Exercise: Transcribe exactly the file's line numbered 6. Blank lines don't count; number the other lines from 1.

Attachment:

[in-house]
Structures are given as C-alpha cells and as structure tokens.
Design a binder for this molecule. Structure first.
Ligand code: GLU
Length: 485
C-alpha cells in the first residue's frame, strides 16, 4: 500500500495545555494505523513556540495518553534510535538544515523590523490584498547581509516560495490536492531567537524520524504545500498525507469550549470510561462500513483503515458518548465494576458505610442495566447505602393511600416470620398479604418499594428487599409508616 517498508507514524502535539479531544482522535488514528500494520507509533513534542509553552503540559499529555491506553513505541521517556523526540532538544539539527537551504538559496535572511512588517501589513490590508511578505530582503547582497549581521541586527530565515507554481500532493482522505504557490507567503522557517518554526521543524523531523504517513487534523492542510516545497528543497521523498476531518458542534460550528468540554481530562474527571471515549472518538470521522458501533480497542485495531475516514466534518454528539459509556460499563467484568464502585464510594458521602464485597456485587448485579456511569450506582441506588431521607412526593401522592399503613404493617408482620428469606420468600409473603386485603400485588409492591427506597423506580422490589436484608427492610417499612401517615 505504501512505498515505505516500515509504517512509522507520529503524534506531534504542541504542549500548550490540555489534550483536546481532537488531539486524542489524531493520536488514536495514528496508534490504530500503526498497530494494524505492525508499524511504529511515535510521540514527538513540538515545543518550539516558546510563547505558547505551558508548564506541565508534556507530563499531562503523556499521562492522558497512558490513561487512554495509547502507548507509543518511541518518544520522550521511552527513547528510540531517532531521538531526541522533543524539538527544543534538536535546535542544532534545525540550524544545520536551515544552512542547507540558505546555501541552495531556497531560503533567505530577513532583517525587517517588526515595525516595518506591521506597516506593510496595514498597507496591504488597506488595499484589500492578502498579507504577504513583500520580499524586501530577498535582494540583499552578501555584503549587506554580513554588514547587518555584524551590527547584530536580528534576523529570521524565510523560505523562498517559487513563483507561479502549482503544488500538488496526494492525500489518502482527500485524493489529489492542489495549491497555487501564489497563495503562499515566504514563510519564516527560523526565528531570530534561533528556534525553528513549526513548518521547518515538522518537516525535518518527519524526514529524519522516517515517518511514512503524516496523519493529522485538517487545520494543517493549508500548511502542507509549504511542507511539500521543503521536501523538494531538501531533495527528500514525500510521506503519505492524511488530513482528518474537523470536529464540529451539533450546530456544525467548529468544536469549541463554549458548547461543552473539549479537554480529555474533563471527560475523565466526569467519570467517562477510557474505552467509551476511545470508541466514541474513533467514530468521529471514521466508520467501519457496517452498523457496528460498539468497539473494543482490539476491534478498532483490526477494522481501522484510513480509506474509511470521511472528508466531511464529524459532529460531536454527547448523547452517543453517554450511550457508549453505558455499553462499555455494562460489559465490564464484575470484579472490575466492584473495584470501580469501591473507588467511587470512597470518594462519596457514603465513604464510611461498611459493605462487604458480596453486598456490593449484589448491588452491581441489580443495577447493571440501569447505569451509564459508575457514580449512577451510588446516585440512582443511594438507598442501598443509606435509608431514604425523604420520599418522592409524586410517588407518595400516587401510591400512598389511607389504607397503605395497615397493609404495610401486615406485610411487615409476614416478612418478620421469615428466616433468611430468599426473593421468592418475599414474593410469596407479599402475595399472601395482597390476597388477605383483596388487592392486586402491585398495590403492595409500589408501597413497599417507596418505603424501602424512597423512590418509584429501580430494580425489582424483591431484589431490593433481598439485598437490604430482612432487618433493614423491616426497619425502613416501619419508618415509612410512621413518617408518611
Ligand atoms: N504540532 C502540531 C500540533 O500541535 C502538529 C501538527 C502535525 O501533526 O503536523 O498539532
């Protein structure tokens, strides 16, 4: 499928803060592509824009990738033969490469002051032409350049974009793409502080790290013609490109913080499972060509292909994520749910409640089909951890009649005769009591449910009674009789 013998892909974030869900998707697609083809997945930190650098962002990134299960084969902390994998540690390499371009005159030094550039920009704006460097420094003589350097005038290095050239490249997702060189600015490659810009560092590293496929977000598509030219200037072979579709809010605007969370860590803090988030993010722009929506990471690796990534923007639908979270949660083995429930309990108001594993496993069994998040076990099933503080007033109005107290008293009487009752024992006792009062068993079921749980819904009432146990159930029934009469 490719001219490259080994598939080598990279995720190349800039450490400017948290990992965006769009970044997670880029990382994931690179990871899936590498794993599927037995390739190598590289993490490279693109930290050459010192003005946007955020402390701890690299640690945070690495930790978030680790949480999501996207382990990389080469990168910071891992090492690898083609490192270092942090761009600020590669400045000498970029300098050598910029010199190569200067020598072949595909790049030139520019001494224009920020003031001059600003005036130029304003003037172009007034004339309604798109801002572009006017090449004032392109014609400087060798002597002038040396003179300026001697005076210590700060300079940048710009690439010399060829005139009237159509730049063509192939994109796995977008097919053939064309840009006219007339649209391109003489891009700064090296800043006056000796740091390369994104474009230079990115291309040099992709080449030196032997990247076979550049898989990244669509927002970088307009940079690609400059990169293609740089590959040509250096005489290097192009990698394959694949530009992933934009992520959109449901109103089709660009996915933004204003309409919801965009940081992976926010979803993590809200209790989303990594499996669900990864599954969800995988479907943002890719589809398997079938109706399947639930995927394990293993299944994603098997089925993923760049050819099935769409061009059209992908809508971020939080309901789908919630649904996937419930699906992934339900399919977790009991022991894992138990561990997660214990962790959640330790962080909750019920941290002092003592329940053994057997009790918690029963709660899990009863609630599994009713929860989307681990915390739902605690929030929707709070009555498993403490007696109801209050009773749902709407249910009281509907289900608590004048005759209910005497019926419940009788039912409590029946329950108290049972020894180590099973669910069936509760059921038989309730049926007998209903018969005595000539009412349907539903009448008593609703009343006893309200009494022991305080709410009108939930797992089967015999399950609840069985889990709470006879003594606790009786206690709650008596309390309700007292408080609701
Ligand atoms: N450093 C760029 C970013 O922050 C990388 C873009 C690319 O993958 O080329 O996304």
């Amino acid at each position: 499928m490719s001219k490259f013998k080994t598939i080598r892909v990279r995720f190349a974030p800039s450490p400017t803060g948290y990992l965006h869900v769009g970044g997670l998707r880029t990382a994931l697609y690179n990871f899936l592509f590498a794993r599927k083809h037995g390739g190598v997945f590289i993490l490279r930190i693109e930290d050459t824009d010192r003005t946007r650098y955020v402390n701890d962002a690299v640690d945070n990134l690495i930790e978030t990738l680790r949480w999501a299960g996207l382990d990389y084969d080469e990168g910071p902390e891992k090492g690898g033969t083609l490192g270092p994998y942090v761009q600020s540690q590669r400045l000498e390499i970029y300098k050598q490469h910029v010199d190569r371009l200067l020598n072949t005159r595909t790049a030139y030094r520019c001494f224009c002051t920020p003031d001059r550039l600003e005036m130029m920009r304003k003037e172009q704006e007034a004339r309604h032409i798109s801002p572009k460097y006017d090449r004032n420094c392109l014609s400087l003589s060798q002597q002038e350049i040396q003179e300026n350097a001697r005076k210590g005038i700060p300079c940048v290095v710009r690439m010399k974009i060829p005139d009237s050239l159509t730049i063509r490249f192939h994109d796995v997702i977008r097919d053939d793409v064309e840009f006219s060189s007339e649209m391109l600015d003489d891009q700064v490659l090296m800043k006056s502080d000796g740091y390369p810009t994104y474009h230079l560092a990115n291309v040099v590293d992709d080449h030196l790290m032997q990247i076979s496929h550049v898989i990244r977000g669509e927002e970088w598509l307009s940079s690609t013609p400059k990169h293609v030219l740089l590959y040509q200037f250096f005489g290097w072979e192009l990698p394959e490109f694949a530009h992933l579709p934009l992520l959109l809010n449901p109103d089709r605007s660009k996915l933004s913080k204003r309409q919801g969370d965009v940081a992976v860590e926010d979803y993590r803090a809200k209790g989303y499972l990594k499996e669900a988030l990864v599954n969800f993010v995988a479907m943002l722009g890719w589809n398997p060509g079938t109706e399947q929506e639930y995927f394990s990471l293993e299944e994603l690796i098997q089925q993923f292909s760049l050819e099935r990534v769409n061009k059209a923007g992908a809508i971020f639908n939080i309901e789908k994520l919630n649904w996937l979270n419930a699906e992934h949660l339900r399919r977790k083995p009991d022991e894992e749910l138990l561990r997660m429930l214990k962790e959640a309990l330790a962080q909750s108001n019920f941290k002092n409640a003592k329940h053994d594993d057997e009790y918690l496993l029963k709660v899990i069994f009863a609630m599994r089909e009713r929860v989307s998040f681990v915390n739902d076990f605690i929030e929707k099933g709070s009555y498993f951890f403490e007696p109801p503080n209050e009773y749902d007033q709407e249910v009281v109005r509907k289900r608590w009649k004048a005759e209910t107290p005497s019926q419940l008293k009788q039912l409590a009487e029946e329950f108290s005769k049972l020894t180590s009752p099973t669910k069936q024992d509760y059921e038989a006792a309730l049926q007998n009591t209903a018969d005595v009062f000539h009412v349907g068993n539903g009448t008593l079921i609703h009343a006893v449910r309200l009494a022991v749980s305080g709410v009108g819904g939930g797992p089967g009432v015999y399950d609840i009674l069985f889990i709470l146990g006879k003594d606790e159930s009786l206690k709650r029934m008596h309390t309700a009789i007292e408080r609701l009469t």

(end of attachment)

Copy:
C-alpha cells in the first residue's frame, strides 16, 4: 500500500495545555494505523513556540495518553534510535538544515523590523490584498547581509516560495490536492531567537524520524504545500498525507469550549470510561462500513483503515458518548465494576458505610442495566447505602393511600416470620398479604418499594428487599409508616 517498508507514524502535539479531544482522535488514528500494520507509533513534542509553552503540559499529555491506553513505541521517556523526540532538544539539527537551504538559496535572511512588517501589513490590508511578505530582503547582497549581521541586527530565515507554481500532493482522505504557490507567503522557517518554526521543524523531523504517513487534523492542510516545497528543497521523498476531518458542534460550528468540554481530562474527571471515549472518538470521522458501533480497542485495531475516514466534518454528539459509556460499563467484568464502585464510594458521602464485597456485587448485579456511569450506582441506588431521607412526593401522592399503613404493617408482620428469606420468600409473603386485603400485588409492591427506597423506580422490589436484608427492610417499612401517615 505504501512505498515505505516500515509504517512509522507520529503524534506531534504542541504542549500548550490540555489534550483536546481532537488531539486524542489524531493520536488514536495514528496508534490504530500503526498497530494494524505492525508499524511504529511515535510521540514527538513540538515545543518550539516558546510563547505558547505551558508548564506541565508534556507530563499531562503523556499521562492522558497512558490513561487512554495509547502507548507509543518511541518518544520522550521511552527513547528510540531517532531521538531526541522533543524539538527544543534538536535546535542544532534545525540550524544545520536551515544552512542547507540558505546555501541552495531556497531560503533567505530577513532583517525587517517588526515595525516595518506591521506597516506593510496595514498597507496591504488597506488595499484589500492578502498579507504577504513583500520580499524586501530577498535582494540583499552578501555584503549587506554580513554588514547587518555584524551590527547584530536580528534576523529570521524565510523560505523562498517559487513563483507561479502549482503544488500538488496526494492525500489518502482527500485524493489529489492542489495549491497555487501564489497563495503562499515566504514563510519564516527560523526565528531570530534561533528556534525553528513549526513548518521547518515538522518537516525535518518527519524526514529524519522516517515517518511514512503524516496523519493529522485538517487545520494543517493549508500548511502542507509549504511542507511539500521543503521536501523538494531538501531533495527528500514525500510521506503519505492524511488530513482528518474537523470536529464540529451539533450546530456544525467548529468544536469549541463554549458548547461543552473539549479537554480529555474533563471527560475523565466526569467519570467517562477510557474505552467509551476511545470508541466514541474513533467514530468521529471514521466508520467501519457496517452498523457496528460498539468497539473494543482490539476491534478498532483490526477494522481501522484510513480509506474509511470521511472528508466531511464529524459532529460531536454527547448523547452517543453517554450511550457508549453505558455499553462499555455494562460489559465490564464484575470484579472490575466492584473495584470501580469501591473507588467511587470512597470518594462519596457514603465513604464510611461498611459493605462487604458480596453486598456490593449484589448491588452491581441489580443495577447493571440501569447505569451509564459508575457514580449512577451510588446516585440512582443511594438507598442501598443509606435509608431514604425523604420520599418522592409524586410517588407518595400516587401510591400512598389511607389504607397503605395497615397493609404495610401486615406485610411487615409476614416478612418478620421469615428466616433468611430468599426473593421468592418475599414474593410469596407479599402475595399472601395482597390476597388477605383483596388487592392486586402491585398495590403492595409500589408501597413497599417507596418505603424501602424512597423512590418509584429501580430494580425489582424483591431484589431490593433481598439485598437490604430482612432487618433493614423491616426497619425502613416501619419508618415509612410512621413518617408518611